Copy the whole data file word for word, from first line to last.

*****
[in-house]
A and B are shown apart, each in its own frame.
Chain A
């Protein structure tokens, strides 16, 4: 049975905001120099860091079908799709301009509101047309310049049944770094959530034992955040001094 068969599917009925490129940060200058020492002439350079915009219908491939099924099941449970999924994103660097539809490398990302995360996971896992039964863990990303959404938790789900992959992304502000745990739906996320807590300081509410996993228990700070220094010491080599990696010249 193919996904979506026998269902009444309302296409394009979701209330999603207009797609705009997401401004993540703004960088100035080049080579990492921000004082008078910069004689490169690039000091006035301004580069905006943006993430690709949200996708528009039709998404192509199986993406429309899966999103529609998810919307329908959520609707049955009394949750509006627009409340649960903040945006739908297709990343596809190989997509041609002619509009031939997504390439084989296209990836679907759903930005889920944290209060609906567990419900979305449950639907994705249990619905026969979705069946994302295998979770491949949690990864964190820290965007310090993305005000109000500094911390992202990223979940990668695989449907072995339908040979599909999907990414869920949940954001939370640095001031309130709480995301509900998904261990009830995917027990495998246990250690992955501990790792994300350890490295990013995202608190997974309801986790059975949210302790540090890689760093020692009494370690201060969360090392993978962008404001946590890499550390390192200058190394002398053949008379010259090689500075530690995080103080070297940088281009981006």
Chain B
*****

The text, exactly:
[in-house]
A and B are shown apart, each in its own frame.
Chain A
């Protein structure tokens, strides 16, 4: 049975905001120099860091079908799709301009509101047309310049049944770094959530034992955040001094 068969599917009925490129940060200058020492002439350079915009219908491939099924099941449970999924994103660097539809490398990302995360996971896992039964863990990303959404938790789900992959992304502000745990739906996320807590300081509410996993228990700070220094010491080599990696010249 193919996904979506026998269902009444309302296409394009979701209330999603207009797609705009997401401004993540703004960088100035080049080579990492921000004082008078910069004689490169690039000091006035301004580069905006943006993430690709949200996708528009039709998404192509199986993406429309899966999103529609998810919307329908959520609707049955009394949750509006627009409340649960903040945006739908297709990343596809190989997509041609002619509009031939997504390439084989296209990836679907759903930005889920944290209060609906567990419900979305449950639907994705249990619905026969979705069946994302295998979770491949949690990864964190820290965007310090993305005000109000500094911390992202990223979940990668695989449907072995339908040979599909999907990414869920949940954001939370640095001031309130709480995301509900998904261990009830995917027990495998246990250690992955501990790792994300350890490295990013995202608190997974309801986790059975949210302790540090890689760093020692009494370690201060969360090392993978962008404001946590890499550390390192200058190394002398053949008379010259090689500075530690995080103080070297940088281009981006």
Chain B